Ski Press, considered by many here to be the test with the fewest flaws, does print 99% of the raw data for the public. While techies like us may eat that info for lunch, it just induces a migraine for many people.
Again ... interesting and balanced comments. I don't know if the apparent perspective of the editors is more accurate, but, like you, it's hard for me to see how inserting a one page table in the article (like Ski Press) has much downside potential. The tech-heads will devour it, and those who feel a headache coming on will skip it. As for tables being a "cumbersome" way to deliver info, there are a lot of people whose day job IS technical communication who would violently disagree with that statement.

BTW, MTT, I don't remember such a table appearing in Ski or Skiing, but I could easily have missed it as I usually only skim through those mags in recent years. What I do remember is that in the 70's, and maybe extending through the early 80's, at least one of the major ski mags used to publish quantitative flex data. Using it, you could easily skim through the models and make a very good guess about which were appropriate for a heavy guy or a light-weight gal (or visa versa) and otherwise start to categorize the models without having to read through a bunch of jibberish, or go into the store and hand flex them in an attempt to get the same info.

Anyway, I better stop my annual rant on this topic before I *really* get wound up.

Cheers,

Tom / PM
post #51 of 53
All this talk about the tech-head perspective reminds me of seventh grade when my topic of choice for a research paper was alpine racing skis, and included comparisons of different types of construction and what properties they had. It really upset me when my teacher said it was too specific a topic, and that I should have just done the report on skiing in general.

I got most of my information on ski construction, for the report, from Ski magazine. Does Ski publish this sort of thing anymore?
post #52 of 53
I also like to see all the available ski specification data in a chart/table form, but I wish the testers would go a step further (off the mountain). I want them to go "consumer reports"-like on the stuff. I'd like them to abuse the crap out of the skis and tell us which ones have high build quality.

Which ones have the hardest edges?
Which ones have great bases that absorb wax well, but also are fairly scratch resistant.
Which skis snapped in half under a specific load?
Which top sheets are the most scratch resistant?
Which skis are the most torsionally stiff?

you could go on and on...

Because honestly I've come to the conclusion that almost any top end ski from any reputable manufacturer is going to work for you given you get the ski "fit" right. What do I mean by ski "fit"?
Ski Fit = binding mount is in the right spot, binding delta angle is correct for you, length is appropriate for the intended use, ski flex is correct for intended use, etc.

So if you've got the "fit" right (and of course as long as your boots are "dialed-in") it doesn't matter whose name is on the skis.
Call me crazy, but I had one of those "eureka" moments this past season regarding binding mount position, delta angle, and alignment. If those are all good for me then I'd probably be happy on any ski. So then I want to know about the quality of the build of the ski. That's how I want to make my purchase decision (oh yeah, and which ones look the coolest! ).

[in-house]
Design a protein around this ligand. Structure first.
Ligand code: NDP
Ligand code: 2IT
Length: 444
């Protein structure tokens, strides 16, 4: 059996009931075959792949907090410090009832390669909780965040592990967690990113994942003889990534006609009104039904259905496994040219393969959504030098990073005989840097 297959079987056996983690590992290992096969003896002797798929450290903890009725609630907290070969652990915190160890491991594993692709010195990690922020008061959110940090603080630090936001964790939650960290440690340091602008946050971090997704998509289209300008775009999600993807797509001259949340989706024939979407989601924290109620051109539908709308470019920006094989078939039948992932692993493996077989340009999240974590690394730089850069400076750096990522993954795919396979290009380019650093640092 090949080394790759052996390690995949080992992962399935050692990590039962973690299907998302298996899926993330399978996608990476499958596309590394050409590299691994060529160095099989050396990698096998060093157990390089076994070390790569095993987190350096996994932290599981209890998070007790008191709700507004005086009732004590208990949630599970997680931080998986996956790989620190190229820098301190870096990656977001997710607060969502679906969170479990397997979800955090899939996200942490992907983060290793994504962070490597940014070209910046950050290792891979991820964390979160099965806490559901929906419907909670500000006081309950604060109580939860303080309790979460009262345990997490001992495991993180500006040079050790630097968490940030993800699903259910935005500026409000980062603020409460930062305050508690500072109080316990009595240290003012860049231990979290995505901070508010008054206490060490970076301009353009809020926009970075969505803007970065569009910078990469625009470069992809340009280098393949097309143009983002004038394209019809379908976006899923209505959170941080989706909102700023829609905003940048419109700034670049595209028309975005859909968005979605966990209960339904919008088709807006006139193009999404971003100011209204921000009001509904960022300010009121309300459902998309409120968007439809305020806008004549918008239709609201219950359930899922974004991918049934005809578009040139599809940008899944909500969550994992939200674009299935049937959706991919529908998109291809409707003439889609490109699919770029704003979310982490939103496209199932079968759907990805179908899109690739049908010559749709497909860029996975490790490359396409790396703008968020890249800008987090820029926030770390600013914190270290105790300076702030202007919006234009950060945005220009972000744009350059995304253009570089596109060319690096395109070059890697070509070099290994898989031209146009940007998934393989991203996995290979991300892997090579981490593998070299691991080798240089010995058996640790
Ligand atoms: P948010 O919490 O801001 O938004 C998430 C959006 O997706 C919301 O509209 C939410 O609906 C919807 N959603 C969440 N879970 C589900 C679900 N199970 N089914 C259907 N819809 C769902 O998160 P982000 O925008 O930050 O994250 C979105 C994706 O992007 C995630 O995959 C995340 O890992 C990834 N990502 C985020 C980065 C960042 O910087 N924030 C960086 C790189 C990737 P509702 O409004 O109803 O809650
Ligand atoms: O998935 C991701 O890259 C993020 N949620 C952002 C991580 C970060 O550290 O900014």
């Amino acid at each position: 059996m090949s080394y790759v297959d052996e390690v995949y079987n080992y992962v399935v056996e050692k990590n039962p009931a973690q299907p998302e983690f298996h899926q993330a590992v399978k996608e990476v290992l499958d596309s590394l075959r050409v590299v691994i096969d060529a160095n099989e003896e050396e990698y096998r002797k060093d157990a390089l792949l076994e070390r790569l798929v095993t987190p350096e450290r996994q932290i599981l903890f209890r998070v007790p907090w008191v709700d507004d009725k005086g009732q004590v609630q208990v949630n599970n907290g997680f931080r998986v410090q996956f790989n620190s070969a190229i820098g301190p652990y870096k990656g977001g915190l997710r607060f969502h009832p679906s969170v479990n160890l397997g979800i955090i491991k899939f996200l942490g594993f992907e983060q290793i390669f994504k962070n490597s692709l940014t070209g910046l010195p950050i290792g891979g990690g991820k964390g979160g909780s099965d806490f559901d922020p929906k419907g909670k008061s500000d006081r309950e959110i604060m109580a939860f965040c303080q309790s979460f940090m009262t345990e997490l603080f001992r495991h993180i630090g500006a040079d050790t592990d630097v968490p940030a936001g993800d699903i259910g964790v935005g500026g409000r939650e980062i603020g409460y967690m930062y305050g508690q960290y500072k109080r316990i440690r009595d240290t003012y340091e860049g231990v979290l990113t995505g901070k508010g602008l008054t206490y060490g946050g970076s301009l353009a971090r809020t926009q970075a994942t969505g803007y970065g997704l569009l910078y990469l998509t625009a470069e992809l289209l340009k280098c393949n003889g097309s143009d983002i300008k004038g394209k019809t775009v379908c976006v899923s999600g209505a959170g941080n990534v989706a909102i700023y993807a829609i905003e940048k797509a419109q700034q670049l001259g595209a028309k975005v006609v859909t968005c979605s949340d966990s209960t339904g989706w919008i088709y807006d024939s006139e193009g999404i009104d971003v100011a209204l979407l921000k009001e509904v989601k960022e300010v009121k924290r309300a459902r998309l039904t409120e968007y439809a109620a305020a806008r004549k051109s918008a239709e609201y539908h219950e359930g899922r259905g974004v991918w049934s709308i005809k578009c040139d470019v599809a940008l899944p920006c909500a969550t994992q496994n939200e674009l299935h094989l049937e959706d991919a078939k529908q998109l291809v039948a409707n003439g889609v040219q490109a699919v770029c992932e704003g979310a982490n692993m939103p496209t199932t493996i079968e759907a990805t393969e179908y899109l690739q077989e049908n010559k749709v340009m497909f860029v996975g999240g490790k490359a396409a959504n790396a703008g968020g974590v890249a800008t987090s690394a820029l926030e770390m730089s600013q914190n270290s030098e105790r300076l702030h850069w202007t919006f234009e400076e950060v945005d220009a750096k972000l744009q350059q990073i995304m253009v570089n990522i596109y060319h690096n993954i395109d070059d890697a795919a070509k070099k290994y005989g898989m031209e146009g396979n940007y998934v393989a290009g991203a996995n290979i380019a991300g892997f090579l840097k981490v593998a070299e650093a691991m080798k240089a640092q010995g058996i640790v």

post #53 of 53
There will always be a limited group of technically oriented experts who would like to know a more detailed information (no wonder if one is a full-time professor ).

Otoh, there will always be a majority of readers who mostly take notice of the overall grade - a gold medal, the VIP attribute, "the choice", the best grade, etc. and who, at the best, will read the comments.

If the whole world of (not only printed) media steers toward less serious contents and more superficial attractiveness it´s no wonder the ski mags are no exception - no matter how we "experts" will be crying.

There´s another problem: even if you introduce a most sophisticated system of evaluating certain criteria its beauty fades if the results are almost the same - which often is the case.
I am familiar with practically all relevant European ski tests, have translated the biggest one for three successive years, have edited the big Italian one, will be translating the Austrian very soon. The German SuperTest (some info available on www.skimagazin.de) has a system where each criterion has 5 possible "positions" between a "+" and "-" extremes showing the amount of the quality/characteristics.
E.g. "stability": from the +position on the left (highest = the best) to the -position on the right (the worst) and those between.
That way you seem to be able to dissect any ski in a very detailed way.
Two problems occur though:
- the tester has to decide for one position only even if he is not quite sure (otherwise there is much dispersion in the results)
but mainly:
- most comparable skis get almost the same results so that the precise patterns look almost the same -
which de-motivates the reader and makes him read just or mostly the accompanying words

Similarly, the ski test of the mag under the German Ski Federation (Active) gives grades from 1 (best) to 4 (worst - I don´t know exactly because I never saw worse than a worse 2).
Looks nice but: a few best skis get a 1, the pack uniformely 1- (a worse 1) and some less lucky a 2. That´s all. Very uniform and very little difference.
To be fair, there is some more info so that the test is quite good and informative.

Btw, I can remember the info on ski flex (shovel - middle - end of the ski, stiff - medium - soft) in some US mag as late as as in the mid-90s. Don´t remember which one.